Toxic leak leads to discovery of pre-historic village
On the site of an old World War II era wastewater treatment plant, archaeologists are busy digging.
Redstone Arsenal Cultural Resource Manager and Archaeologist Ben Hocksbergen has a team of nearly a dozen excavators working to collect artifacts from a village that once thrived at the site.
Hocksbergen said approximately 100 natives lived there around 300 A.D.
Toxic chemicals have seeped into the ground surrounding the old plant, and the soil needs to be removed and taken to a toxic waste facility. Prior to the start of the removal, Hocksbergen and his team did a survey of the site.
"Lo and behold, we found a massive late-middle Woodland period village," he said.
The village is believed to have existed about 1,700 years ago.
The villagers stored and disposed of their belongings in pits in the ground.
"All of those pits are chalk full of ancient garbage basically. Broken pots, spear points, stone tools," said Hocksbergen at the site.
The team uses a homemade machine to sort the artifacts. A flow of water sorts the items through a network of various sized screens. It makes use of the wastewater treatment facilities to filter the water before releasing it back into Indian Creek.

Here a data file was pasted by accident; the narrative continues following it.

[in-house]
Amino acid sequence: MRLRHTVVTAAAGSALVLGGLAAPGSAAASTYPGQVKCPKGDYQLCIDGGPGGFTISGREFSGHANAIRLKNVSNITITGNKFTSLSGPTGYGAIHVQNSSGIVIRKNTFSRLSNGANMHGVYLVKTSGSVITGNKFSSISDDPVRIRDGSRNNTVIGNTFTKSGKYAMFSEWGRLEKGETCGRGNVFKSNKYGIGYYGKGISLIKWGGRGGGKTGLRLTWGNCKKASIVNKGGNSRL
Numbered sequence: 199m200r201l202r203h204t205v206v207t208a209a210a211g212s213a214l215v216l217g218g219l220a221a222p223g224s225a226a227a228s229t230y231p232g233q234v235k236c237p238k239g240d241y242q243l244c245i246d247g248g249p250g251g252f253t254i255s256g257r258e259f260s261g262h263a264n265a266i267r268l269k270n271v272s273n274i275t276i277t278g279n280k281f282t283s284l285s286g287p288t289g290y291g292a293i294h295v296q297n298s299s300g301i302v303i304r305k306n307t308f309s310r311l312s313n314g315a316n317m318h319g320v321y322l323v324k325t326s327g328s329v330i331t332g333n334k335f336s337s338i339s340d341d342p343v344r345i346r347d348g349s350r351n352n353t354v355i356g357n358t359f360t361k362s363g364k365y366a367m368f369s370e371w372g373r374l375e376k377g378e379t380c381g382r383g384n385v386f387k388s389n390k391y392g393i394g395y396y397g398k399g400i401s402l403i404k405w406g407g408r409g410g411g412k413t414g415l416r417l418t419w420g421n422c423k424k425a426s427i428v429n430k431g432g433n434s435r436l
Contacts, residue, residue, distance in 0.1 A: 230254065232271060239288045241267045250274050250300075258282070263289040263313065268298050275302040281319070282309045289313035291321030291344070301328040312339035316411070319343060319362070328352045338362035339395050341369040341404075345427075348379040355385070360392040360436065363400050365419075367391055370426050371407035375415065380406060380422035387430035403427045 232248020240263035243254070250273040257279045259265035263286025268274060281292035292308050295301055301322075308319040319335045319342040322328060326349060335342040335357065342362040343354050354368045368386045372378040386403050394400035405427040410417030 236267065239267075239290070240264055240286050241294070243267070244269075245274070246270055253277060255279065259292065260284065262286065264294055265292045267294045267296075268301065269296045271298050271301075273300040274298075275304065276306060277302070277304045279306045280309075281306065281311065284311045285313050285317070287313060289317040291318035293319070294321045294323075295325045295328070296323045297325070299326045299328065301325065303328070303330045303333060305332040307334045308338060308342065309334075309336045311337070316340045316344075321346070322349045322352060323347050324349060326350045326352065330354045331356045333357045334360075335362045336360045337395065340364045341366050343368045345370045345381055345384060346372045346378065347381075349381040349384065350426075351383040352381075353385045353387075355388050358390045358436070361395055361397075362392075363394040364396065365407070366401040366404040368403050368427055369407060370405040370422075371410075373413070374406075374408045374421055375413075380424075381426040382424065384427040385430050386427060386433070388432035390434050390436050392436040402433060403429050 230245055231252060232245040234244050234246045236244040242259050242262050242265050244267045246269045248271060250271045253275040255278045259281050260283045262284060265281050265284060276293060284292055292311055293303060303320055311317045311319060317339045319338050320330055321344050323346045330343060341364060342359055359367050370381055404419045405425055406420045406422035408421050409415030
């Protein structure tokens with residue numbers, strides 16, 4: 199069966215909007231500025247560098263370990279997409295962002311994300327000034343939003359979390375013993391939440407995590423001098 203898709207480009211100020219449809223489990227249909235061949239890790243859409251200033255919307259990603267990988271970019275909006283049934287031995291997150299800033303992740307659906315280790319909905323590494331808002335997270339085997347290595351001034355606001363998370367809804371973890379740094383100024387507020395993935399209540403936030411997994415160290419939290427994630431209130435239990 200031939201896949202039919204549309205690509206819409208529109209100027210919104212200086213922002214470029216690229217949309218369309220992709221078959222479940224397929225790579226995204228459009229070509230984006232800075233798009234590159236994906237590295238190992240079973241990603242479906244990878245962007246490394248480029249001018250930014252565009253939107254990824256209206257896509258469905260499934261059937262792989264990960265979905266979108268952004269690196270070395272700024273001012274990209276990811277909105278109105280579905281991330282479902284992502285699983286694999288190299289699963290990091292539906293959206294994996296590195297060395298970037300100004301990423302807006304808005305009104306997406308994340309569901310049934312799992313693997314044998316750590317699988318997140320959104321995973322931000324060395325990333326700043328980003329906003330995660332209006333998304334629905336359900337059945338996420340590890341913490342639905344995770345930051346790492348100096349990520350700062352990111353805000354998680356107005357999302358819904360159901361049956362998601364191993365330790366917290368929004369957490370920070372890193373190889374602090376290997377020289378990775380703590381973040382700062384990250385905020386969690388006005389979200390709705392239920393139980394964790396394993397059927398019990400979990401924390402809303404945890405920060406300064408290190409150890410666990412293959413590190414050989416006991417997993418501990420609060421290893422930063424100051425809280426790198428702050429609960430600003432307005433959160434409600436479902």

Hocksbergen said the nature of the soil makes this site particularly interesting. Items that would normally decompose have been naturally preserved.
"The preservation here is immaculate. We've found bone needles that are perfectly carved and look like they were made yesterday," he said.
The team will continue to excavate the site for a few more months. After they finish, the artifacts will be analyzed and preserved.
"Some of the nicest items, we'll try to retain here and put on display for the public," he said.
Hocksbergen said this is one of the largest sites of its kind at Redstone Arsenal. Right now, they have more than 960 archaeological sites on record.
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